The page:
Require Outside Libraries

When you use Webpack, the hardest thing is that you need to start thinking about your JavaScript differently. You need to stop thinking about global variables, and start thinking about how you can code correctly. It's not as easy as it sounds: we've been using global variables in JavaScript... well... forever!

For example, in RepLogApp.js, we created this self-executing function to give our code a little bit of isolation:

215 lines public/assets/js/RepLogApp.js
... lines 1 - 4
(function(window, $, Routing, swal) {
... lines 6 - 213
})(window, jQuery, Routing, swal);

That part isn't too important. But at the bottom, we are relying on there to be a global jQuery variable. It just must exist, or else everything will explode! On top, this becomes a $ variable in the function.

Open the base layout file - base.html.twig. The only reason our code works is that, at the bottom, yep! We have a script tag for jQuery, which adds a global jQuery variable:

110 lines templates/base.html.twig
... lines 1 - 98
{% block javascripts %}
<script src="https://code.jquery.com/jquery-3.1.1.min.js" integrity="sha256-hVVnYaiADRTO2PzUGmuLJr8BLUSjGIZsDYGmIJLv2b8=" crossorigin="anonymous"></script>
... lines 101 - 105
{% endblock %}
... lines 107 - 110

And this is the process we've used for years: add a script tag for a JS library, then reference its global variable everywhere else.

I hate this! In RepLogApp.js, I just have to hope that jQuery was included correctly. That's madness, and it needs to stop. So, from now on, we have a new philosophy: if we need a variable in a file - like $ - then we need to require it in the same way that we are requiring Helper.

The only difference is that jQuery is a third-party library. Well... in PHP, we would use Composer to install third-party libraries. And... yea! In JavaScript, we can use Yarn to do the same thing!

Installing jQuery via Yarn

Check this out: open a third terminal tab - we're getting greedy! Then run:

yarn add jquery --dev

Yep! We can use yarn to download front-end libraries! Oh, and you can search for package names on npmjs.com or npms.io.

This downloads jquery into the node_modules/ directory and adds it to package.json:

8 lines package.json
{
"devDependencies": {
... line 3
"jquery": "^3.3.1",
... line 5
}
}

Requiring jQuery

So... how do we require it? Oh, it's awesome: const $ = require('jquery'):

216 lines public/assets/js/RepLogApp.js
... lines 1 - 2
const Helper = require('./RepLogHelper');
const $ = require('jquery');
... lines 5 - 216

That's it! When a require path does not start with a ., Webpack knows to look for a package in node_modules/ with that name.

And now that we are properly importing the $ variable - yay us - remove $ and jQuery from the self-executing function:

216 lines public/assets/js/RepLogApp.js
... lines 1 - 3
const $ = require('jquery');
(function(window, Routing, swal) {
... lines 7 - 214
})(window, Routing, swal);

Yep, when we use the $ variable below, it is no longer dependent on any global jQuery variable! Responsible coding for the win!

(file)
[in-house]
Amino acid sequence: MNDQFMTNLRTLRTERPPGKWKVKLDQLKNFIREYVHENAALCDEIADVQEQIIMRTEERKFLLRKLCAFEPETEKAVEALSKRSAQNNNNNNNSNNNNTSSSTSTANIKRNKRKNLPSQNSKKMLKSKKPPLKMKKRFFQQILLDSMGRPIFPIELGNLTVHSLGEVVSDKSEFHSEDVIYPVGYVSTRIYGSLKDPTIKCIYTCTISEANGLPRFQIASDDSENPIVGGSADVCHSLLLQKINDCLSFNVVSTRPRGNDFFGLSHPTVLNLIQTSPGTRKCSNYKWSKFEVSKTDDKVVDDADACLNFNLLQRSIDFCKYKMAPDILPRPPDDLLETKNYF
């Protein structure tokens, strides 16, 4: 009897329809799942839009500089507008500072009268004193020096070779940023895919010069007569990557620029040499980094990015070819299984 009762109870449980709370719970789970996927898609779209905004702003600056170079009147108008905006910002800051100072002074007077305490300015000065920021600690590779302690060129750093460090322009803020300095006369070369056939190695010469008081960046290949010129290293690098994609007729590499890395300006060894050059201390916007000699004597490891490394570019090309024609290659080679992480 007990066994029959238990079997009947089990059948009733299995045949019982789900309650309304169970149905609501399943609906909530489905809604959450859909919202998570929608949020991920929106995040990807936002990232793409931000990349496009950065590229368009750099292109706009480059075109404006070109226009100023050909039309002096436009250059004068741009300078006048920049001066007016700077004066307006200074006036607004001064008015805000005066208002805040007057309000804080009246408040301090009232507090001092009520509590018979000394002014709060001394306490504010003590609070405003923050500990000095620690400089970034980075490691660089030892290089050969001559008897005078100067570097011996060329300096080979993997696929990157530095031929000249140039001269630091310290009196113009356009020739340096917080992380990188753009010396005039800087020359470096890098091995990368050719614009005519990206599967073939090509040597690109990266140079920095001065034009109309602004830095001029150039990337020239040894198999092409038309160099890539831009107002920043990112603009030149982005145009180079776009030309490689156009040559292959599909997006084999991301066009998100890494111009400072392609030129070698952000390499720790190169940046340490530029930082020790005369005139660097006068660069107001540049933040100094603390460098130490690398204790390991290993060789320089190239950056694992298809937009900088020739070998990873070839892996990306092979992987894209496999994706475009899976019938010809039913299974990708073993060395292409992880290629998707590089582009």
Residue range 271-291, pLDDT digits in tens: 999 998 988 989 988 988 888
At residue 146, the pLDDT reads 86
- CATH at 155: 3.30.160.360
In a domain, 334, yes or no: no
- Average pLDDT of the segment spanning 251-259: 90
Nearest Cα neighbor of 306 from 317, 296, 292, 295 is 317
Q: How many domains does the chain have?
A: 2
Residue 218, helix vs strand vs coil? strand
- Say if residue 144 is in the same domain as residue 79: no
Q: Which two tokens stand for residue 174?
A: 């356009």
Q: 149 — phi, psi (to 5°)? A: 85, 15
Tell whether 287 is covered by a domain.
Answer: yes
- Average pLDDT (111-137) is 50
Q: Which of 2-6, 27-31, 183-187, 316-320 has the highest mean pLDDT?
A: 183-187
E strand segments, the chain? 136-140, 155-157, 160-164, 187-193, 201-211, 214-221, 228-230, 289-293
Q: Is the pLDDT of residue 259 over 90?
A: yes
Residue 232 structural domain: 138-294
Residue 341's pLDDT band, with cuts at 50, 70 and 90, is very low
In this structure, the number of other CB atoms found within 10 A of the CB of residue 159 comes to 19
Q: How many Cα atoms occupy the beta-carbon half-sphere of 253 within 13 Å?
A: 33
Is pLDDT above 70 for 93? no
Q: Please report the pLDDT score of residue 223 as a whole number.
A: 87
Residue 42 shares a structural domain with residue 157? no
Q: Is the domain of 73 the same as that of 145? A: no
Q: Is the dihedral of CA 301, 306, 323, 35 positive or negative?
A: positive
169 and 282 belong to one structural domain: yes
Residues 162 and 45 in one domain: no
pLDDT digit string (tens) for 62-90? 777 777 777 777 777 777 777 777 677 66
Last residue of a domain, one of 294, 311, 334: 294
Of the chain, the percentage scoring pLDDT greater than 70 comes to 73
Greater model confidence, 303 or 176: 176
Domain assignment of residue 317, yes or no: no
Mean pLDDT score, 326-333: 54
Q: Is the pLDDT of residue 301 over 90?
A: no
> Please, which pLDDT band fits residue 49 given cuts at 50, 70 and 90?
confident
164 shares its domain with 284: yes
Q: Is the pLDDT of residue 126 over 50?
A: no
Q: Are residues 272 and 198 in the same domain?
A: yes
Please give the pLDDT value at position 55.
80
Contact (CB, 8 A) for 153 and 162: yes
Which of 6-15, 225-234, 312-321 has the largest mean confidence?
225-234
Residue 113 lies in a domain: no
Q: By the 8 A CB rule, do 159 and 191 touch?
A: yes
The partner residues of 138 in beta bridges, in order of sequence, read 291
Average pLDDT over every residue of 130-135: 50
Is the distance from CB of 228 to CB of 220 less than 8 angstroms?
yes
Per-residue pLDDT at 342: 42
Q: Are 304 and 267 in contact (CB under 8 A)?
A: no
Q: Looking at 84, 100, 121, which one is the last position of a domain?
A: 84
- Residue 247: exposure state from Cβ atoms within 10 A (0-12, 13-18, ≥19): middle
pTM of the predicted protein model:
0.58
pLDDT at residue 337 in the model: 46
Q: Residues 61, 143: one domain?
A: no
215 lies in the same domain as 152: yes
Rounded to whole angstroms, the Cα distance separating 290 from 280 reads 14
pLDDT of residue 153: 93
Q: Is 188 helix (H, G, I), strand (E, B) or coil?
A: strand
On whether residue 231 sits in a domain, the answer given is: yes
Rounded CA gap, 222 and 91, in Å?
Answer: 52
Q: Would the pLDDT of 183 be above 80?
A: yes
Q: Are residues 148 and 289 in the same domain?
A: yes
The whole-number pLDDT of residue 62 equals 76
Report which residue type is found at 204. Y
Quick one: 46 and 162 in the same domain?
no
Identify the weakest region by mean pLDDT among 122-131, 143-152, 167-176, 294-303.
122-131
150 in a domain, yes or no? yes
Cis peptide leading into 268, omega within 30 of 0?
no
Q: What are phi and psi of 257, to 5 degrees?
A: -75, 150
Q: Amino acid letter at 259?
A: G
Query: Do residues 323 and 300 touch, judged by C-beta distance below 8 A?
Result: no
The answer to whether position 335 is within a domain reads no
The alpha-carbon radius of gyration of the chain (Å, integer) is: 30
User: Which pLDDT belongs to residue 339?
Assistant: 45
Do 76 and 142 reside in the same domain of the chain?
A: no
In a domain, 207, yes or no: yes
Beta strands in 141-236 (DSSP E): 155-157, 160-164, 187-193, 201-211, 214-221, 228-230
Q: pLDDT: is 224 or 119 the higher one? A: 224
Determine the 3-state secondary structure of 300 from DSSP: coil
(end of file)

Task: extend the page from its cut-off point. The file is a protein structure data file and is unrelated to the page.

But... does it work? Try it! Go back to our site and refresh! It does! That's because, back on the terminal, if you run:

ls -la public/build

... yep! Our rep_log.js file now has jQuery inside of it - you know because it's now 300kb! Don't worry, we'll talk about optimizations later.

But the point is this: all we need to do is require the libraries we need, and Webpack takes care of the rest!

Installing & Using SweetAlert2

Let's require one more outside package. Search for "swal". We're using a really cool library called SweetAlert to bring up the delete dialog. But... the only reason this works is that, in the template, we're including a script tag for it:

67 lines templates/lift/index.html.twig
... lines 1 - 47
{% block stylesheets %}
... lines 49 - 50
<link rel="stylesheet" href="https://cdn.jsdelivr.net/npm/sweetalert2@7.11.0/dist/sweetalert2.min.css" />
{% endblock %}
... line 53
{% block javascripts %}
... lines 55 - 56
<script src="https://cdn.jsdelivr.net/npm/sweetalert2@7.11.0/dist/sweetalert2.all.min.js"></script>
... lines 58 - 65
{% endblock %}

Boo! Let's refactor this to require that library properly.

If you search for this package, you'll find out that it's called sweetalert2. Let's install it:

yarn add sweetalert2 --dev

This time, delete the script tag entirely. We can't remove the jQuery script tag yet because we're still using the global variable in a few places. But, we'll fix that soon.

Then, in RepLogApp.js, remove the argument from the self-executing function: that global variable doesn't even exist anymore!

217 lines public/assets/js/RepLogApp.js
... lines 1 - 6
(function(window, Routing) {
... lines 8 - 215
})(window, Routing);

To prove it, refresh! Awesome!

swal is not defined

To get it back, add const swal = require('sweetalert2');:

217 lines public/assets/js/RepLogApp.js
... lines 1 - 4
const swal = require('sweetalert2');
(function(window, Routing) {
... lines 8 - 215
})(window, Routing);

As soon as we save this, Webpack recompiles, we refresh and... it works! Yes! We can use any outside library by running one command and adding one require line.

Let's use our new unstoppable skills to refactor our code into re-usable components.

Leave a comment!

  • 2018-04-23 Diego Aguiar

    Hey JAVroegop

    Nice tip, thanks for sharing it :)
    Cheers!

  • 2018-04-23 JAVroegop

    If you ever get a warning from Yarn like this:

    An unexpected error occurred: "EPERM: operation not permitted, unlink '.....\\node_modules\\.bin\\encore'"

    Before you try to install jquery, please stop encore. I spent quite a while figuring out why yarn couldn't delete node_modules/.bin/encore... on my Windows 10 machine. *Doh!*